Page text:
Heart patients report drop in their productivity at work

Source: HealthMine 2016 (PRNewsFoto/HealthMine)

Source: HealthMine 2016 (PRNewsFoto/HealthMine)

According to a 2016 HealthMine survey of 501 consumers with known heart disease and/or risk, 61 percent say they have their condition “completely under control.” However, of those employed, 51 percent say their condition lowers their productivity at work. Further, 46 percent have lost measurable work days due to their heart condition or risk. Cardiovascular disease costs America more than $320 billion in annual healthcare costs and lost productivity, according to the Centers for Disease Control and Prevention (CDC) Foundation. Annually, about one in every six U.S. healthcare dollars is spent on cardiovascular disease. The HealthMine survey was fielded in January-February 2016.

Lost productivity
According to HealthMine’s survey, one third (33 percent) of workers with heart disease have lost three or more work days per year because of their condition, and 16 percent have lost more than 6 working days. What’s more, 19 percent of workers with heart disease say their condition lowers their productivity a lot; 32 percent report that their condition lowers their productivity somewhat.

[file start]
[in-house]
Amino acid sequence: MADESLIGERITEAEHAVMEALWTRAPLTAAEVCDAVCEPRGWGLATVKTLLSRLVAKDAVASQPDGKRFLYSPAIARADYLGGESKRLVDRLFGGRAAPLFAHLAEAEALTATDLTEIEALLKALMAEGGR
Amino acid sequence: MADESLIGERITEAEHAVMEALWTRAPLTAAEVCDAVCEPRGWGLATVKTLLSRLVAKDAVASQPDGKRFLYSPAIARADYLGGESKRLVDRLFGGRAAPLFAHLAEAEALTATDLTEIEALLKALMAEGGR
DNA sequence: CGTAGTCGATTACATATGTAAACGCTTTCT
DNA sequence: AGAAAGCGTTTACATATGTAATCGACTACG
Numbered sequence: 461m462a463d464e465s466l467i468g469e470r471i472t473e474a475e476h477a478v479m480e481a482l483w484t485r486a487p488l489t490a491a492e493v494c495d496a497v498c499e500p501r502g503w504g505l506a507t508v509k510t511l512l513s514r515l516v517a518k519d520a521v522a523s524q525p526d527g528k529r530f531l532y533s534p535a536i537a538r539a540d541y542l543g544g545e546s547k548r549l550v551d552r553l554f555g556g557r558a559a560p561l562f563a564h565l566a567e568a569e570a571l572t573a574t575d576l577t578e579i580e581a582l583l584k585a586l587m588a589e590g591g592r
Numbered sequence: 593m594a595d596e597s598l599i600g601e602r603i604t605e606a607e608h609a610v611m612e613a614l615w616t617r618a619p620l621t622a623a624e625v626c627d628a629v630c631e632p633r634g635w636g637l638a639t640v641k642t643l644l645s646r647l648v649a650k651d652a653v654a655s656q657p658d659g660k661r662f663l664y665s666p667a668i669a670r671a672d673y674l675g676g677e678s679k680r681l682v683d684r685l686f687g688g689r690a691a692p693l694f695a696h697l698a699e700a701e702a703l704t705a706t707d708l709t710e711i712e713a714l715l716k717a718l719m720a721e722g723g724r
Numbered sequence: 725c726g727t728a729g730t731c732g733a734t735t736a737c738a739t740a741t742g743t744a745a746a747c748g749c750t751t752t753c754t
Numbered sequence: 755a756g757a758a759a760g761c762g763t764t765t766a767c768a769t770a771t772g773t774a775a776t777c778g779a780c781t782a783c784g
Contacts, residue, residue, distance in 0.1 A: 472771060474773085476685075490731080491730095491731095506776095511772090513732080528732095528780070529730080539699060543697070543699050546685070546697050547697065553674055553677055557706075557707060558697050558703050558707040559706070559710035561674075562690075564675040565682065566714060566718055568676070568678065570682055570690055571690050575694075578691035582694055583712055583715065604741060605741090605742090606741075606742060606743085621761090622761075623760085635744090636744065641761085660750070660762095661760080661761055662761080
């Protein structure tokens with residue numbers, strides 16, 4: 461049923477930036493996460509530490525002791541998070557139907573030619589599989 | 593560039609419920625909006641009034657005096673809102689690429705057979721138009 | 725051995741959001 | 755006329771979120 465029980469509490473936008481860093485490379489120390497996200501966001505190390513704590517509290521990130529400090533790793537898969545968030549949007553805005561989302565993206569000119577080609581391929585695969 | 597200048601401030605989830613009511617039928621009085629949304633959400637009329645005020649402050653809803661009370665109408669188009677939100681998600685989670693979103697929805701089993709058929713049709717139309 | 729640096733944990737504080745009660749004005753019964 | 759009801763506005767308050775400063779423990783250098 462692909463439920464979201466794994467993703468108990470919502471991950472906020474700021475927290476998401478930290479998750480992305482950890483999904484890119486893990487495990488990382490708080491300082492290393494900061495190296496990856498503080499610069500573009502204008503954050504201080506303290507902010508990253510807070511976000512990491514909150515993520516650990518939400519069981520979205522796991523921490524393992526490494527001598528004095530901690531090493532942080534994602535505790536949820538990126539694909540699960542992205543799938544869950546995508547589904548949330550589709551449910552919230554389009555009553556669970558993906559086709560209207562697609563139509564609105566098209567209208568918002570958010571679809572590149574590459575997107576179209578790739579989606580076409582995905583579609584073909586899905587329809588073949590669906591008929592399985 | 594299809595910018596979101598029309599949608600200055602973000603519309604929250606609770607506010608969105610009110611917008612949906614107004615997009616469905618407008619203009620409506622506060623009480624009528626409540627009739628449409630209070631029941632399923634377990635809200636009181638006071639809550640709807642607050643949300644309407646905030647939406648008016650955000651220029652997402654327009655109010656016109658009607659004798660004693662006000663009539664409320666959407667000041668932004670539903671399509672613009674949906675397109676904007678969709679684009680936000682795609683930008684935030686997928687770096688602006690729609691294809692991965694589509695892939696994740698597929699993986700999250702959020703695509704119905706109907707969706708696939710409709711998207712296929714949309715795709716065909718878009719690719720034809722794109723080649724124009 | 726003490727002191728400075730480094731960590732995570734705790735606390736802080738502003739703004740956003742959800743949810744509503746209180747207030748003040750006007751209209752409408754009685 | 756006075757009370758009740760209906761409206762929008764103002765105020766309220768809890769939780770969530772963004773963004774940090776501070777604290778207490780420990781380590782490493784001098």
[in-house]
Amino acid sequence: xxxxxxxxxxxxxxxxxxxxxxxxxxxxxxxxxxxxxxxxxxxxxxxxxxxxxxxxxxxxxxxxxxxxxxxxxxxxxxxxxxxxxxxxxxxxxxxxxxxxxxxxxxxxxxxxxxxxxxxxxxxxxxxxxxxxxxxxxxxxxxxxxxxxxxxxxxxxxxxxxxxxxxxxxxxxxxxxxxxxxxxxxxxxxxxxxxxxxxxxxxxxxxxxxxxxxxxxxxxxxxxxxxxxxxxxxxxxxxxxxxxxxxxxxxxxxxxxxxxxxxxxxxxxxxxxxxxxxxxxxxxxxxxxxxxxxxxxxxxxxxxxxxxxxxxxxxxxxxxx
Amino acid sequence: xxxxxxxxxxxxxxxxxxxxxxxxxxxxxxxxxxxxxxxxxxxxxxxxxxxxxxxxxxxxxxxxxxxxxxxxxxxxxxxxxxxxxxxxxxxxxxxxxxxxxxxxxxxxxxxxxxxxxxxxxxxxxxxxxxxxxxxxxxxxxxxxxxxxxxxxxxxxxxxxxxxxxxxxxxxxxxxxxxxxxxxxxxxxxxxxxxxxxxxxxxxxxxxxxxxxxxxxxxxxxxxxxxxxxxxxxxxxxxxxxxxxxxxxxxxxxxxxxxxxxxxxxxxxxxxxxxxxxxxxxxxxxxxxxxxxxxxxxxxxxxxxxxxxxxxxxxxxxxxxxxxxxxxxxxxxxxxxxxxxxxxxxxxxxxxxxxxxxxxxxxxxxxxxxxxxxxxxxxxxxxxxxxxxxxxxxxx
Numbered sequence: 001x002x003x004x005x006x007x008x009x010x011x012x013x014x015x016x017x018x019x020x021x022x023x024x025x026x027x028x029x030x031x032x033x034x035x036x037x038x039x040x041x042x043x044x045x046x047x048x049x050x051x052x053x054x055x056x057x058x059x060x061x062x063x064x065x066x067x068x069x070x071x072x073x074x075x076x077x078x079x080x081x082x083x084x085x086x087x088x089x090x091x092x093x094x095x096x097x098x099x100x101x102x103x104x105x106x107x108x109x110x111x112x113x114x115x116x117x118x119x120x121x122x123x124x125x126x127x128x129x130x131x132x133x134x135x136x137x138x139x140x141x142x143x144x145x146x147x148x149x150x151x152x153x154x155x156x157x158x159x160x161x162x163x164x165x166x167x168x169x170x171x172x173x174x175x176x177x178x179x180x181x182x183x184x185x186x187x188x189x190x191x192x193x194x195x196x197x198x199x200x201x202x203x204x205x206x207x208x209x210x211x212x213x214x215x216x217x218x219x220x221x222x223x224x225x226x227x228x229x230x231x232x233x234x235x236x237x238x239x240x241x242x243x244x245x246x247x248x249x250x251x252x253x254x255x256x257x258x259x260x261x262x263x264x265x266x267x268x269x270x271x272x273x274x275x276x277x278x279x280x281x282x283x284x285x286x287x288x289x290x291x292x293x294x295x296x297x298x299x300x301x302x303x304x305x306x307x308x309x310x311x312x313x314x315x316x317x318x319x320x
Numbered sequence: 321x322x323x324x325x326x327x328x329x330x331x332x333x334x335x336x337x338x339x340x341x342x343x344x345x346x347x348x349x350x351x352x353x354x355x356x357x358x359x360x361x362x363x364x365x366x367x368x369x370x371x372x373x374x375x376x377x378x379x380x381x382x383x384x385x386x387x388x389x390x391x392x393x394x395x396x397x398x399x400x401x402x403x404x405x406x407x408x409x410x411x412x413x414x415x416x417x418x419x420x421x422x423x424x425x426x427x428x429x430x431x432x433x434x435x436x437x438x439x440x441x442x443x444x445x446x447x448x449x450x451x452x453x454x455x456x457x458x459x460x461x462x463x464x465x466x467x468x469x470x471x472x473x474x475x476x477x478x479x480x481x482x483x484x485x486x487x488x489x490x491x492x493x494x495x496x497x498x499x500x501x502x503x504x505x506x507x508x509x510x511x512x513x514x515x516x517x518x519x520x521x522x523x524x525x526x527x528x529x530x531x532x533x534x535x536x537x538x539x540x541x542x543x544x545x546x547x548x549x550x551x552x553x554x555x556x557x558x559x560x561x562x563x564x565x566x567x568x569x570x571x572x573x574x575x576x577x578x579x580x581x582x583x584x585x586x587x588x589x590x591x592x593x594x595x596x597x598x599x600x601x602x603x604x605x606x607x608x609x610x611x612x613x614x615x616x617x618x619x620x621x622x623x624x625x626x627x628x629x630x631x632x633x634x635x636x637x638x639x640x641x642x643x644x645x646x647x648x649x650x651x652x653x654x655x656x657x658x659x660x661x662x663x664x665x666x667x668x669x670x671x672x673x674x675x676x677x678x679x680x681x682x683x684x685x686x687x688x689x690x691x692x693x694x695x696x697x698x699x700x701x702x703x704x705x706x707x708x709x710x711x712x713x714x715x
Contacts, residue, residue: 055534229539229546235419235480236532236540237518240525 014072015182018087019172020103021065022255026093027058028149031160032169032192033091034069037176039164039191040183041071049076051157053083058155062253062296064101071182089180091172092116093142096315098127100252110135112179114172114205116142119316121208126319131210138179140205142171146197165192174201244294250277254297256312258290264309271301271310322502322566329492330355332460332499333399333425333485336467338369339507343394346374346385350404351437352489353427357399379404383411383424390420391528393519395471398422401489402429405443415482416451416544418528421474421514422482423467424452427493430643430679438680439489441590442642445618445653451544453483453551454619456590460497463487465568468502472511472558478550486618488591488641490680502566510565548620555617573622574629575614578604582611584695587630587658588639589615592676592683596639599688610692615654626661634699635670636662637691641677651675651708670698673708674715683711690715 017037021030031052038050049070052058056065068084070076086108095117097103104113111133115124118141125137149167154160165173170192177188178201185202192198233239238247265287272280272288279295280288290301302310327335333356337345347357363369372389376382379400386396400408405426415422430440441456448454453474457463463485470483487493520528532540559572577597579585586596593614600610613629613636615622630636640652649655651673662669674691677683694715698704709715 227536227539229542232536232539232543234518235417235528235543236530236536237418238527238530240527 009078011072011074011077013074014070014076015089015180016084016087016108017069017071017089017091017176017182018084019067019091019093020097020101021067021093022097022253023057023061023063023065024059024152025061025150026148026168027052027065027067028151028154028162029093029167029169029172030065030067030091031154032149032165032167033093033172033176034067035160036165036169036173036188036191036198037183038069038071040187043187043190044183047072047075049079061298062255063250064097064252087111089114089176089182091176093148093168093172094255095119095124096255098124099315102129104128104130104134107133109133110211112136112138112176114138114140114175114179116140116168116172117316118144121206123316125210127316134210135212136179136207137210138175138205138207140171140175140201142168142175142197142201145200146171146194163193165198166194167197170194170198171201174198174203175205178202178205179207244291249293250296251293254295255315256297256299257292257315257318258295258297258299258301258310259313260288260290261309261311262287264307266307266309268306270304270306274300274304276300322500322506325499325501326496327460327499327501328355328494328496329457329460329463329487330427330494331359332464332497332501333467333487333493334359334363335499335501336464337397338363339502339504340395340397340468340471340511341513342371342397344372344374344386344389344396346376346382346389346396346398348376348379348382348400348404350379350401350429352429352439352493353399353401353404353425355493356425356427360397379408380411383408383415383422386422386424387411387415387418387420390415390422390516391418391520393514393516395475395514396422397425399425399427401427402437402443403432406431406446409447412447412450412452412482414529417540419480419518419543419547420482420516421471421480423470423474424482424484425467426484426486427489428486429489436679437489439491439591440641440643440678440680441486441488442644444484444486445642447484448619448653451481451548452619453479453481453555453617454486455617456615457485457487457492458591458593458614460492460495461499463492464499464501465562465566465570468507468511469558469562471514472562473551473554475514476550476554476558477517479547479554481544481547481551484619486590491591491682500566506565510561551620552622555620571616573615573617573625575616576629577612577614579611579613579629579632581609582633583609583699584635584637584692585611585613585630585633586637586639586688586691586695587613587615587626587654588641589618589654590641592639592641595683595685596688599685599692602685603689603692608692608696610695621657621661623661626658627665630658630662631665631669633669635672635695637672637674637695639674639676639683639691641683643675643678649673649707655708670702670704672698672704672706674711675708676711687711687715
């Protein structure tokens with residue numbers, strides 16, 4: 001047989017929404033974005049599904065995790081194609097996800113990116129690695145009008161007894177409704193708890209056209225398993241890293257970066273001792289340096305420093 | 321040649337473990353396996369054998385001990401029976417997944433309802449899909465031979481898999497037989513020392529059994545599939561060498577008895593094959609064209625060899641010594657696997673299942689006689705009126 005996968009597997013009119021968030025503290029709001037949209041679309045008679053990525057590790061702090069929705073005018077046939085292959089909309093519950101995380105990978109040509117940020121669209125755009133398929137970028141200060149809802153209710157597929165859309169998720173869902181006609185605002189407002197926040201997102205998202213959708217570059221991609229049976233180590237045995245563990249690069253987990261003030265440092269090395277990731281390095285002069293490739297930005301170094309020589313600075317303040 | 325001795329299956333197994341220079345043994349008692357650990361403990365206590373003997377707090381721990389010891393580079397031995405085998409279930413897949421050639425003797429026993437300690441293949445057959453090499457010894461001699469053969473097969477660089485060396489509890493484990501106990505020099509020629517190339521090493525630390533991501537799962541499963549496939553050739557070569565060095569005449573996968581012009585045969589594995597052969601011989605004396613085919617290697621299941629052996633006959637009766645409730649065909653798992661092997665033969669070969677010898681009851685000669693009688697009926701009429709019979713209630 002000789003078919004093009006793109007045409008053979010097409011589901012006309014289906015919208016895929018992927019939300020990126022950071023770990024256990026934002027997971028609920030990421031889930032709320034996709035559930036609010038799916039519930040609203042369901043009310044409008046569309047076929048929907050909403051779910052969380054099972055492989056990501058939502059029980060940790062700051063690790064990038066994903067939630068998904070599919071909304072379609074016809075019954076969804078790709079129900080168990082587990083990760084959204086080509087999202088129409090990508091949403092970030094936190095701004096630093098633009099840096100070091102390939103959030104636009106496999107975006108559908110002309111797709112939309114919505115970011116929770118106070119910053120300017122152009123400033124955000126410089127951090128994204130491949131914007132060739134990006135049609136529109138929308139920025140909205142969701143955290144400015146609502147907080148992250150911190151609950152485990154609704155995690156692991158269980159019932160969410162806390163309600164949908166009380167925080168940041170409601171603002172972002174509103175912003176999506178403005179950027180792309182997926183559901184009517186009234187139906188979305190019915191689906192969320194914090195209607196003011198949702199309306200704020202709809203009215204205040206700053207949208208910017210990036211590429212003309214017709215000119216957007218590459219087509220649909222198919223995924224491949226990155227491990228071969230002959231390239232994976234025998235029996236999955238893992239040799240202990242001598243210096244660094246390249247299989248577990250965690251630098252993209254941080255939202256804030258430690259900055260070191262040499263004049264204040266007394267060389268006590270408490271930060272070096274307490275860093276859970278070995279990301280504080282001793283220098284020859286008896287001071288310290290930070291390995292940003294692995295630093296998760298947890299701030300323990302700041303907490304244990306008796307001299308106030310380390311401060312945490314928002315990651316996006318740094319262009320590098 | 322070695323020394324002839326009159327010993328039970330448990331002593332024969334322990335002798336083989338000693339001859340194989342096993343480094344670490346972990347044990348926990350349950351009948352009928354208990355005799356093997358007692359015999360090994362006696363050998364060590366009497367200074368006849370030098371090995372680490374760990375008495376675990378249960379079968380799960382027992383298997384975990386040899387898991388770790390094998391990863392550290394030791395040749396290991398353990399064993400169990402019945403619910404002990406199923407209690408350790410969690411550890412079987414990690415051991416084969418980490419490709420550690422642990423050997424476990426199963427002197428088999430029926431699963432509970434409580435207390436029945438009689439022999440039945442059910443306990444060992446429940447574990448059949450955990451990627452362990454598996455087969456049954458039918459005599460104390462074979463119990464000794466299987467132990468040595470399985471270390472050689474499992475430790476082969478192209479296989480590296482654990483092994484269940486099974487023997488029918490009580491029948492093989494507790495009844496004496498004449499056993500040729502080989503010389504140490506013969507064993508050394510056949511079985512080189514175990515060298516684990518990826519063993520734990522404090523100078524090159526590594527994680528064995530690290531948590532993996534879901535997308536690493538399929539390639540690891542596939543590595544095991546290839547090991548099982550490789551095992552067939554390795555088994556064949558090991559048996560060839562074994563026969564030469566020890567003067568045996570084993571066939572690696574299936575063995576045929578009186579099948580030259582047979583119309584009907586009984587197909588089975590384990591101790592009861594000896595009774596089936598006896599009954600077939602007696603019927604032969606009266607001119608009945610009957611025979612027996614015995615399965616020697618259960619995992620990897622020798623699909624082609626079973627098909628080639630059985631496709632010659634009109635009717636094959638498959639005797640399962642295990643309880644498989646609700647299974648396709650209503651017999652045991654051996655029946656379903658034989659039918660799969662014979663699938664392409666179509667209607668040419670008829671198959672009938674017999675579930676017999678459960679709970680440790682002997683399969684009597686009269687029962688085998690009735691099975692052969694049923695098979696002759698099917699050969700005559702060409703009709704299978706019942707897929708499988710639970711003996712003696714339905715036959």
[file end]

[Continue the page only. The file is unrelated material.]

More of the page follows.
Hospital & urgent care visits increase
Cardiovascular disease causes one out of every three deaths in America. Twenty percent of survey respondents report having a hospital stay within the past year resulting from their heart problem. One quarter (25 percent) had to visit the emergency room or urgent care at least once because of their condition. The CDC Foundation predicts that by 2030, annual direct medical costs associated with cardiovascular diseases are projected to rise to more than $818 billion, while lost productivity costs could exceed $275 billion.

Bryce Williams, CEO and President of HealthMine said, “Despite the large toll to Americans and health plan sponsors, heart disease is largely preventable.” He continued, “We can help people manage their medical conditions and make necessary lifestyle changes. The key is through personal clinical engagement, which makes health data meaningful to a consumer. And understanding health data in relation to disease risk is the first line of defense in preventing chronic illness.”

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